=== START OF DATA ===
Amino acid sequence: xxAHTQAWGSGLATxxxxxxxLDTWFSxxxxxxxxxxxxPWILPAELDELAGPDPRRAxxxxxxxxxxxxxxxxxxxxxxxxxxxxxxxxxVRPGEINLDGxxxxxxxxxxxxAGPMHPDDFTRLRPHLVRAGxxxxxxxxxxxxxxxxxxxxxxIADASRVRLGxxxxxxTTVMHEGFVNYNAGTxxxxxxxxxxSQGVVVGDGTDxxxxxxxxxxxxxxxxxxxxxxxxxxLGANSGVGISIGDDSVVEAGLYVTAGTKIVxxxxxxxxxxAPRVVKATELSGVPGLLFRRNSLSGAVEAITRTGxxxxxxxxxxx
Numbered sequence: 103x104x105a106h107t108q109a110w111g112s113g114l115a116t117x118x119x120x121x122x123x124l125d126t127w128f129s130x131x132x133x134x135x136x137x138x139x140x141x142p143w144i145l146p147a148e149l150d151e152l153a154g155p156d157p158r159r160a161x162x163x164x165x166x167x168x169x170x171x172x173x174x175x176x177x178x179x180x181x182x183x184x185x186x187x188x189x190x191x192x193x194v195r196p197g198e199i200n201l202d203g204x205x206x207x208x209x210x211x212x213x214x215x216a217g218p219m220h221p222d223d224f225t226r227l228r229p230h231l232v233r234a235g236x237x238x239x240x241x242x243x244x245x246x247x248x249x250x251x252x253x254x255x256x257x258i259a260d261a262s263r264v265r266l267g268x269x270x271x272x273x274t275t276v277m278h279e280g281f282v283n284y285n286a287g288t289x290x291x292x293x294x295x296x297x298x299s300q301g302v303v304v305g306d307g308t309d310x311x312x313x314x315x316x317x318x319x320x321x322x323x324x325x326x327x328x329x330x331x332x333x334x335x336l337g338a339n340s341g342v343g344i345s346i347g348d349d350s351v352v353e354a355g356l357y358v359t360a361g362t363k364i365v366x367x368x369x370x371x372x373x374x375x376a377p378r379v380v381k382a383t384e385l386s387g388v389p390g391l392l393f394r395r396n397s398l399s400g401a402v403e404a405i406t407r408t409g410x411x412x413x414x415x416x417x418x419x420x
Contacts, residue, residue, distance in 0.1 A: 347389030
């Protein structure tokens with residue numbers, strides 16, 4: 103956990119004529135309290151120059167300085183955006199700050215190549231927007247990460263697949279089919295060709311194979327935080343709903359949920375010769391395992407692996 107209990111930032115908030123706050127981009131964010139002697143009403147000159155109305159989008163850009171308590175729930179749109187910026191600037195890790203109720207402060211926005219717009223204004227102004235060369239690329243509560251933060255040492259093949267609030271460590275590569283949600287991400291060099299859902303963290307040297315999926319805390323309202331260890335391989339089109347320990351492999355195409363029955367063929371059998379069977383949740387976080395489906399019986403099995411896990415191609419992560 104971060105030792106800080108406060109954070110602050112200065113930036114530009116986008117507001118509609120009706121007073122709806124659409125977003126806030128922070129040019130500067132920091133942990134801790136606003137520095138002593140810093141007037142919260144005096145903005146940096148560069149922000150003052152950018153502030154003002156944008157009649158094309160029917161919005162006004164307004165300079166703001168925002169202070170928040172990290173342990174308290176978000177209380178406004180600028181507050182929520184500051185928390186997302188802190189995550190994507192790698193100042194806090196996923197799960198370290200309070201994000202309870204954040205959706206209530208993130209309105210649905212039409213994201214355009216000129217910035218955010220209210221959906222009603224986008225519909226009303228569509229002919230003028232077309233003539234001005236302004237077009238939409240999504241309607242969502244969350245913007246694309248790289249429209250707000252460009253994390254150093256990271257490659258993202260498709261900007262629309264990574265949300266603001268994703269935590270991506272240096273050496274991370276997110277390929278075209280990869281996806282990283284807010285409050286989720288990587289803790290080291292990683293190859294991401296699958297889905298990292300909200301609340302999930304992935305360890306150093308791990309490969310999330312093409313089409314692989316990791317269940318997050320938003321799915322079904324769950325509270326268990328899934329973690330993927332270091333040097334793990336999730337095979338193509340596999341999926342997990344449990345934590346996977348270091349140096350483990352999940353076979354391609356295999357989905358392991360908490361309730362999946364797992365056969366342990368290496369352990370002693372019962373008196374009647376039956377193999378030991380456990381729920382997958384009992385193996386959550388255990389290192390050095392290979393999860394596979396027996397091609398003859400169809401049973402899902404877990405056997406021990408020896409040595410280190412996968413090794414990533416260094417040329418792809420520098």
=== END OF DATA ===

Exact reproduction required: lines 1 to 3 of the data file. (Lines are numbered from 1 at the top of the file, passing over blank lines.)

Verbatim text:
Amino acid sequence: xxAHTQAWGSGLATxxxxxxxLDTWFSxxxxxxxxxxxxPWILPAELDELAGPDPRRAxxxxxxxxxxxxxxxxxxxxxxxxxxxxxxxxxVRPGEINLDGxxxxxxxxxxxxAGPMHPDDFTRLRPHLVRAGxxxxxxxxxxxxxxxxxxxxxxIADASRVRLGxxxxxxTTVMHEGFVNYNAGTxxxxxxxxxxSQGVVVGDGTDxxxxxxxxxxxxxxxxxxxxxxxxxxLGANSGVGISIGDDSVVEAGLYVTAGTKIVxxxxxxxxxxAPRVVKATELSGVPGLLFRRNSLSGAVEAITRTGxxxxxxxxxxx
Numbered sequence: 103x104x105a106h107t108q109a110w111g112s113g114l115a116t117x118x119x120x121x122x123x124l125d126t127w128f129s130x131x132x133x134x135x136x137x138x139x140x141x142p143w144i145l146p147a148e149l150d151e152l153a154g155p156d157p158r159r160a161x162x163x164x165x166x167x168x169x170x171x172x173x174x175x176x177x178x179x180x181x182x183x184x185x186x187x188x189x190x191x192x193x194v195r196p197g198e199i200n201l202d203g204x205x206x207x208x209x210x211x212x213x214x215x216a217g218p219m220h221p222d223d224f225t226r227l228r229p230h231l232v233r234a235g236x237x238x239x240x241x242x243x244x245x246x247x248x249x250x251x252x253x254x255x256x257x258i259a260d261a262s263r264v265r266l267g268x269x270x271x272x273x274t275t276v277m278h279e280g281f282v283n284y285n286a287g288t289x290x291x292x293x294x295x296x297x298x299s300q301g302v303v304v305g306d307g308t309d310x311x312x313x314x315x316x317x318x319x320x321x322x323x324x325x326x327x328x329x330x331x332x333x334x335x336l337g338a339n340s341g342v343g344i345s346i347g348d349d350s351v352v353e354a355g356l357y358v359t360a361g362t363k364i365v366x367x368x369x370x371x372x373x374x375x376a377p378r379v380v381k382a383t384e385l386s387g388v389p390g391l392l393f394r395r396n397s398l399s400g401a402v403e404a405i406t407r408t409g410x411x412x413x414x415x416x417x418x419x420x
Contacts, residue, residue, distance in 0.1 A: 347389030